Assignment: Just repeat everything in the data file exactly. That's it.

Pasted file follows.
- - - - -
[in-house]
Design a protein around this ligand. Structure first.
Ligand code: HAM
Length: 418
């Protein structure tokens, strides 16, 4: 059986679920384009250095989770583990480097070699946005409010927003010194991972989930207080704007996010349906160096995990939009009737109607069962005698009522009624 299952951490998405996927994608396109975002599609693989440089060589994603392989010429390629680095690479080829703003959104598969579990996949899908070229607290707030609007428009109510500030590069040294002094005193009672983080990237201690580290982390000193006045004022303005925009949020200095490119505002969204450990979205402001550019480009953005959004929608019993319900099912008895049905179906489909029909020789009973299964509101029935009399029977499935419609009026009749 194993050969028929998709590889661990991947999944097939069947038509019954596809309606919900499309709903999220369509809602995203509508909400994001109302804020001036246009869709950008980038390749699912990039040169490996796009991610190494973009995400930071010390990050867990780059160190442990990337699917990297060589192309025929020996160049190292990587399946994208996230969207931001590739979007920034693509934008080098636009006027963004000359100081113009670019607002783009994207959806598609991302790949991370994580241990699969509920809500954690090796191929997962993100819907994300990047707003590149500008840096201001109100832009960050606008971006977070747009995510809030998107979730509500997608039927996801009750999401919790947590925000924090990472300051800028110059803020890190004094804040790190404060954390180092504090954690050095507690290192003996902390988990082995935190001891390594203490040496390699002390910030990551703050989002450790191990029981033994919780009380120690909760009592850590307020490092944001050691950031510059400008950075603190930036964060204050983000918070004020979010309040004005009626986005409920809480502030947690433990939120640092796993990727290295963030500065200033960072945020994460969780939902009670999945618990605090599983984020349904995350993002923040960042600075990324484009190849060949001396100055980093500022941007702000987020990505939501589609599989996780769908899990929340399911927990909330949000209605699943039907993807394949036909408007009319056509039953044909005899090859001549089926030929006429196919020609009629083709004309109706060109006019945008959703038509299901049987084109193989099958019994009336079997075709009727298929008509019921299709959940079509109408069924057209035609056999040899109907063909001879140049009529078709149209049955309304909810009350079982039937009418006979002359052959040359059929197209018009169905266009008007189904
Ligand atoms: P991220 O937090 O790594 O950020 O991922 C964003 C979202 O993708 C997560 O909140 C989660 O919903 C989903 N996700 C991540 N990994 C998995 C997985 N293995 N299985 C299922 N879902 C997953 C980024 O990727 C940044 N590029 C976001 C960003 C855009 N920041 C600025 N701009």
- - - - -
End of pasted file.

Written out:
[in-house]
Design a protein around this ligand. Structure first.
Ligand code: HAM
Length: 418
């Protein structure tokens, strides 16, 4: 059986679920384009250095989770583990480097070699946005409010927003010194991972989930207080704007996010349906160096995990939009009737109607069962005698009522009624 299952951490998405996927994608396109975002599609693989440089060589994603392989010429390629680095690479080829703003959104598969579990996949899908070229607290707030609007428009109510500030590069040294002094005193009672983080990237201690580290982390000193006045004022303005925009949020200095490119505002969204450990979205402001550019480009953005959004929608019993319900099912008895049905179906489909029909020789009973299964509101029935009399029977499935419609009026009749 194993050969028929998709590889661990991947999944097939069947038509019954596809309606919900499309709903999220369509809602995203509508909400994001109302804020001036246009869709950008980038390749699912990039040169490996796009991610190494973009995400930071010390990050867990780059160190442990990337699917990297060589192309025929020996160049190292990587399946994208996230969207931001590739979007920034693509934008080098636009006027963004000359100081113009670019607002783009994207959806598609991302790949991370994580241990699969509920809500954690090796191929997962993100819907994300990047707003590149500008840096201001109100832009960050606008971006977070747009995510809030998107979730509500997608039927996801009750999401919790947590925000924090990472300051800028110059803020890190004094804040790190404060954390180092504090954690050095507690290192003996902390988990082995935190001891390594203490040496390699002390910030990551703050989002450790191990029981033994919780009380120690909760009592850590307020490092944001050691950031510059400008950075603190930036964060204050983000918070004020979010309040004005009626986005409920809480502030947690433990939120640092796993990727290295963030500065200033960072945020994460969780939902009670999945618990605090599983984020349904995350993002923040960042600075990324484009190849060949001396100055980093500022941007702000987020990505939501589609599989996780769908899990929340399911927990909330949000209605699943039907993807394949036909408007009319056509039953044909005899090859001549089926030929006429196919020609009629083709004309109706060109006019945008959703038509299901049987084109193989099958019994009336079997075709009727298929008509019921299709959940079509109408069924057209035609056999040899109907063909001879140049009529078709149209049955309304909810009350079982039937009418006979002359052959040359059929197209018009169905266009008007189904
Ligand atoms: P991220 O937090 O790594 O950020 O991922 C964003 C979202 O993708 C997560 O909140 C989660 O919903 C989903 N996700 C991540 N990994 C998995 C997985 N293995 N299985 C299922 N879902 C997953 C980024 O990727 C940044 N590029 C976001 C960003 C855009 N920041 C600025 N701009």